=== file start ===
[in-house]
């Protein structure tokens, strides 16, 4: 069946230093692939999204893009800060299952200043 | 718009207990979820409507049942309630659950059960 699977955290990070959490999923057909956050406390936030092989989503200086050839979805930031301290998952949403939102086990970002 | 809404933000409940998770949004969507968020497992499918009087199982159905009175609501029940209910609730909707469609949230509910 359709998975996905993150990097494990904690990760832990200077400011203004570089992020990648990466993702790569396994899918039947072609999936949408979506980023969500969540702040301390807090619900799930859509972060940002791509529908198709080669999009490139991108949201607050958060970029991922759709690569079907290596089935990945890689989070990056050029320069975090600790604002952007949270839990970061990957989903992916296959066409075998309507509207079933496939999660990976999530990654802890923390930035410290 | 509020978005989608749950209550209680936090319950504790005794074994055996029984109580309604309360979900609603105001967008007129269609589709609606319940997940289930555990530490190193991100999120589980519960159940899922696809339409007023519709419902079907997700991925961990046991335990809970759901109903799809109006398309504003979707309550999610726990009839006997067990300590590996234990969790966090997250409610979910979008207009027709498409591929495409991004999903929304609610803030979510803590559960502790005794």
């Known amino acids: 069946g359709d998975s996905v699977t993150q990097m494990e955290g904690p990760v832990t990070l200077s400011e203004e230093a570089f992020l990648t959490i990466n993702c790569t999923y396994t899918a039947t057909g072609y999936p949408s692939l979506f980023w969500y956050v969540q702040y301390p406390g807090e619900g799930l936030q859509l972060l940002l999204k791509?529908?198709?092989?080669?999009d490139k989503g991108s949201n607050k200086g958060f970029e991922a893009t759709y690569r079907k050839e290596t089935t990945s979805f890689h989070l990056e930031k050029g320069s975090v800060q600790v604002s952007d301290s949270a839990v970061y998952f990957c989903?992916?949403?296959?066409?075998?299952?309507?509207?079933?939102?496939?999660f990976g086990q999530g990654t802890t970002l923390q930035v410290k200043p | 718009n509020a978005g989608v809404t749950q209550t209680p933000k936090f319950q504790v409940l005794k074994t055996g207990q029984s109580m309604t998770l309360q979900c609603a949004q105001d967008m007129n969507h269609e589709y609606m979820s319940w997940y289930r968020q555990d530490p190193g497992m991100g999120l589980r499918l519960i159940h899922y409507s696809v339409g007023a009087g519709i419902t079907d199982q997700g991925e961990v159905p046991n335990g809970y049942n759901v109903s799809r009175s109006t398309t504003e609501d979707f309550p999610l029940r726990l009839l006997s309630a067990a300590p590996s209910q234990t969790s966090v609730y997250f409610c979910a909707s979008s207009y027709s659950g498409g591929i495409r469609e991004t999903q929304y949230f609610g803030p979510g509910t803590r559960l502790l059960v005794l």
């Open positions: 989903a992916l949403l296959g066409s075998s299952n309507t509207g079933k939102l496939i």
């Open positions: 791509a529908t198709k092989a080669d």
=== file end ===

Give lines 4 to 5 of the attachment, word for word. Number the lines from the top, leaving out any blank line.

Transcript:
């Open positions: 989903a992916l949403l296959g066409s075998s299952n309507t509207g079933k939102l496939i």
């Open positions: 791509a529908t198709k092989a080669d």